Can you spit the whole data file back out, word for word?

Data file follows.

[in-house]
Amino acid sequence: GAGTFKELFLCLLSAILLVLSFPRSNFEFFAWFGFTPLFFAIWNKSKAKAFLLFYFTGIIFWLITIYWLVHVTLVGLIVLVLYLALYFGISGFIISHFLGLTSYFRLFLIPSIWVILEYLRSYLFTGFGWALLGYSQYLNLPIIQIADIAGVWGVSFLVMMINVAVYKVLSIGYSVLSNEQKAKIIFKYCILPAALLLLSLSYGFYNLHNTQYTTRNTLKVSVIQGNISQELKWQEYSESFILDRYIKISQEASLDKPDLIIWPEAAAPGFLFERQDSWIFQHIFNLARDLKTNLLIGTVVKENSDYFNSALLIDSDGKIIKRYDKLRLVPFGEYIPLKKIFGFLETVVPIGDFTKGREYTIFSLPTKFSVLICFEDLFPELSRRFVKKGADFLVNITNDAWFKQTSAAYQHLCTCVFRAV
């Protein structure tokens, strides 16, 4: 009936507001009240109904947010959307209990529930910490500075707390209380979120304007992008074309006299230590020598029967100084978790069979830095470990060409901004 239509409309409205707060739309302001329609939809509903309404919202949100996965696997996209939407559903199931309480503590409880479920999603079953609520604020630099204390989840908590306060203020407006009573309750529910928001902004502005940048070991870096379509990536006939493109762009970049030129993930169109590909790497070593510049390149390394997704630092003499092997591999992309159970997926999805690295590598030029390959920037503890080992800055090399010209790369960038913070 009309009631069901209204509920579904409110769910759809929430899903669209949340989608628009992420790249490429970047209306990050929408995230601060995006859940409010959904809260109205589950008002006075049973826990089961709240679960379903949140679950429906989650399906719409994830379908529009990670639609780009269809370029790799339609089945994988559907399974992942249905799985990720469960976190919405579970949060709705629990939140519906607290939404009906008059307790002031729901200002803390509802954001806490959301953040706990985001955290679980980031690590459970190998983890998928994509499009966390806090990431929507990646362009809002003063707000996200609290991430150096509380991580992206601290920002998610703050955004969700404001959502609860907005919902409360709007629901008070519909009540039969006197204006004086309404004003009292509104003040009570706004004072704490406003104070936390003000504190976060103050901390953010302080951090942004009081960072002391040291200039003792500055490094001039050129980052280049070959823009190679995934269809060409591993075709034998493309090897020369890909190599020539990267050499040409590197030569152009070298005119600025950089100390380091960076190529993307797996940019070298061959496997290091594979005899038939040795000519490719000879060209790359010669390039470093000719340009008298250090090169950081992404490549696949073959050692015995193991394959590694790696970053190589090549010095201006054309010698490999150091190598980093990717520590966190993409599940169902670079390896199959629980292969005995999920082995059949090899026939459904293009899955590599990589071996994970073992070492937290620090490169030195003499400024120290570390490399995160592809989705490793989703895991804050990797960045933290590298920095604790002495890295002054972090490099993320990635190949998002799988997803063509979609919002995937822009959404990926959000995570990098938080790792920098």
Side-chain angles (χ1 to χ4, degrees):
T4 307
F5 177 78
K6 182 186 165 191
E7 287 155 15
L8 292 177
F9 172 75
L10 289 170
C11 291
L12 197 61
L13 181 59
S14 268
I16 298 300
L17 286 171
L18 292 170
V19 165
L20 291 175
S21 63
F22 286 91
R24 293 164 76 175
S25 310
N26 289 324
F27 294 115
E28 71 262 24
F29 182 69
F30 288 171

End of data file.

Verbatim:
[in-house]
Amino acid sequence: GAGTFKELFLCLLSAILLVLSFPRSNFEFFAWFGFTPLFFAIWNKSKAKAFLLFYFTGIIFWLITIYWLVHVTLVGLIVLVLYLALYFGISGFIISHFLGLTSYFRLFLIPSIWVILEYLRSYLFTGFGWALLGYSQYLNLPIIQIADIAGVWGVSFLVMMINVAVYKVLSIGYSVLSNEQKAKIIFKYCILPAALLLLSLSYGFYNLHNTQYTTRNTLKVSVIQGNISQELKWQEYSESFILDRYIKISQEASLDKPDLIIWPEAAAPGFLFERQDSWIFQHIFNLARDLKTNLLIGTVVKENSDYFNSALLIDSDGKIIKRYDKLRLVPFGEYIPLKKIFGFLETVVPIGDFTKGREYTIFSLPTKFSVLICFEDLFPELSRRFVKKGADFLVNITNDAWFKQTSAAYQHLCTCVFRAV
């Protein structure tokens, strides 16, 4: 009936507001009240109904947010959307209990529930910490500075707390209380979120304007992008074309006299230590020598029967100084978790069979830095470990060409901004 239509409309409205707060739309302001329609939809509903309404919202949100996965696997996209939407559903199931309480503590409880479920999603079953609520604020630099204390989840908590306060203020407006009573309750529910928001902004502005940048070991870096379509990536006939493109762009970049030129993930169109590909790497070593510049390149390394997704630092003499092997591999992309159970997926999805690295590598030029390959920037503890080992800055090399010209790369960038913070 009309009631069901209204509920579904409110769910759809929430899903669209949340989608628009992420790249490429970047209306990050929408995230601060995006859940409010959904809260109205589950008002006075049973826990089961709240679960379903949140679950429906989650399906719409994830379908529009990670639609780009269809370029790799339609089945994988559907399974992942249905799985990720469960976190919405579970949060709705629990939140519906607290939404009906008059307790002031729901200002803390509802954001806490959301953040706990985001955290679980980031690590459970190998983890998928994509499009966390806090990431929507990646362009809002003063707000996200609290991430150096509380991580992206601290920002998610703050955004969700404001959502609860907005919902409360709007629901008070519909009540039969006197204006004086309404004003009292509104003040009570706004004072704490406003104070936390003000504190976060103050901390953010302080951090942004009081960072002391040291200039003792500055490094001039050129980052280049070959823009190679995934269809060409591993075709034998493309090897020369890909190599020539990267050499040409590197030569152009070298005119600025950089100390380091960076190529993307797996940019070298061959496997290091594979005899038939040795000519490719000879060209790359010669390039470093000719340009008298250090090169950081992404490549696949073959050692015995193991394959590694790696970053190589090549010095201006054309010698490999150091190598980093990717520590966190993409599940169902670079390896199959629980292969005995999920082995059949090899026939459904293009899955590599990589071996994970073992070492937290620090490169030195003499400024120290570390490399995160592809989705490793989703895991804050990797960045933290590298920095604790002495890295002054972090490099993320990635190949998002799988997803063509979609919002995937822009959404990926959000995570990098938080790792920098």
Side-chain angles (χ1 to χ4, degrees):
T4 307
F5 177 78
K6 182 186 165 191
E7 287 155 15
L8 292 177
F9 172 75
L10 289 170
C11 291
L12 197 61
L13 181 59
S14 268
I16 298 300
L17 286 171
L18 292 170
V19 165
L20 291 175
S21 63
F22 286 91
R24 293 164 76 175
S25 310
N26 289 324
F27 294 115
E28 71 262 24
F29 182 69
F30 288 171